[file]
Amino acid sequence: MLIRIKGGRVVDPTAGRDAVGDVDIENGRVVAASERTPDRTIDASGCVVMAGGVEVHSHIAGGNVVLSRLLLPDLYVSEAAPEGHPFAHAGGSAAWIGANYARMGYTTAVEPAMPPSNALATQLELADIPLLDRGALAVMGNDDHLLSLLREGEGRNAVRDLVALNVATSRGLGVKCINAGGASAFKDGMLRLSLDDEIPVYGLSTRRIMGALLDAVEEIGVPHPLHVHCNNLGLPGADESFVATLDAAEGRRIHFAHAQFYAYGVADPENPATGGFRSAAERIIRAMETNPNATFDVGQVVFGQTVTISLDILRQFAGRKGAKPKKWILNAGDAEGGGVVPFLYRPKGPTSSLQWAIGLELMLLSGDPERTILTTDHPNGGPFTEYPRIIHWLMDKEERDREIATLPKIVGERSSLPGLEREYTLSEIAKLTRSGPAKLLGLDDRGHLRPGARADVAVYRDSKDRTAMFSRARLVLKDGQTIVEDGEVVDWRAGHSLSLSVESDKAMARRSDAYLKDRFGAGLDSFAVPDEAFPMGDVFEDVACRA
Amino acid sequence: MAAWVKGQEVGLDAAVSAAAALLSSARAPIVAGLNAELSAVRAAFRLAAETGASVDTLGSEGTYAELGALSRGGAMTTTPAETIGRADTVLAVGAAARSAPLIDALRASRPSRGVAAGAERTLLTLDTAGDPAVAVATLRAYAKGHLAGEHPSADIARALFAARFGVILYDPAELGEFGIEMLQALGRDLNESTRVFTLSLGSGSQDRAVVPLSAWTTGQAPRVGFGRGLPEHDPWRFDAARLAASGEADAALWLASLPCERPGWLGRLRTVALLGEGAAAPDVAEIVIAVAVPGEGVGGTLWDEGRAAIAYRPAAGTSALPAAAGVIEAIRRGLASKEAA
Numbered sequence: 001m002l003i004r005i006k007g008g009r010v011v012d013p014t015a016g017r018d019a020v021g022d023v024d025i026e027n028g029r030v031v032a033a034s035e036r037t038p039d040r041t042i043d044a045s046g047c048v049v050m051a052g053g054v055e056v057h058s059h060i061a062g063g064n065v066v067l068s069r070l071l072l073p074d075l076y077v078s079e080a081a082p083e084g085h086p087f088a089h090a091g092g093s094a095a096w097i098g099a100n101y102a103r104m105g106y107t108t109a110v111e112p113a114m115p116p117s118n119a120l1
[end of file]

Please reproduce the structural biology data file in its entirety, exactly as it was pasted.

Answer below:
Amino acid sequence: MLIRIKGGRVVDPTAGRDAVGDVDIENGRVVAASERTPDRTIDASGCVVMAGGVEVHSHIAGGNVVLSRLLLPDLYVSEAAPEGHPFAHAGGSAAWIGANYARMGYTTAVEPAMPPSNALATQLELADIPLLDRGALAVMGNDDHLLSLLREGEGRNAVRDLVALNVATSRGLGVKCINAGGASAFKDGMLRLSLDDEIPVYGLSTRRIMGALLDAVEEIGVPHPLHVHCNNLGLPGADESFVATLDAAEGRRIHFAHAQFYAYGVADPENPATGGFRSAAERIIRAMETNPNATFDVGQVVFGQTVTISLDILRQFAGRKGAKPKKWILNAGDAEGGGVVPFLYRPKGPTSSLQWAIGLELMLLSGDPERTILTTDHPNGGPFTEYPRIIHWLMDKEERDREIATLPKIVGERSSLPGLEREYTLSEIAKLTRSGPAKLLGLDDRGHLRPGARADVAVYRDSKDRTAMFSRARLVLKDGQTIVEDGEVVDWRAGHSLSLSVESDKAMARRSDAYLKDRFGAGLDSFAVPDEAFPMGDVFEDVACRA
Amino acid sequence: MAAWVKGQEVGLDAAVSAAAALLSSARAPIVAGLNAELSAVRAAFRLAAETGASVDTLGSEGTYAELGALSRGGAMTTTPAETIGRADTVLAVGAAARSAPLIDALRASRPSRGVAAGAERTLLTLDTAGDPAVAVATLRAYAKGHLAGEHPSADIARALFAARFGVILYDPAELGEFGIEMLQALGRDLNESTRVFTLSLGSGSQDRAVVPLSAWTTGQAPRVGFGRGLPEHDPWRFDAARLAASGEADAALWLASLPCERPGWLGRLRTVALLGEGAAAPDVAEIVIAVAVPGEGVGGTLWDEGRAAIAYRPAAGTSALPAAAGVIEAIRRGLASKEAA
Numbered sequence: 001m002l003i004r005i006k007g008g009r010v011v012d013p014t015a016g017r018d019a020v021g022d023v024d025i026e027n028g029r030v031v032a033a034s035e036r037t038p039d040r041t042i043d044a045s046g047c048v049v050m051a052g053g054v055e056v057h058s059h060i061a062g063g064n065v066v067l068s069r070l071l072l073p074d075l076y077v078s079e080a081a082p083e084g085h086p087f088a089h090a091g092g093s094a095a096w097i098g099a100n101y102a103r104m105g106y107t108t109a110v111e112p113a114m115p116p117s118n119a120l1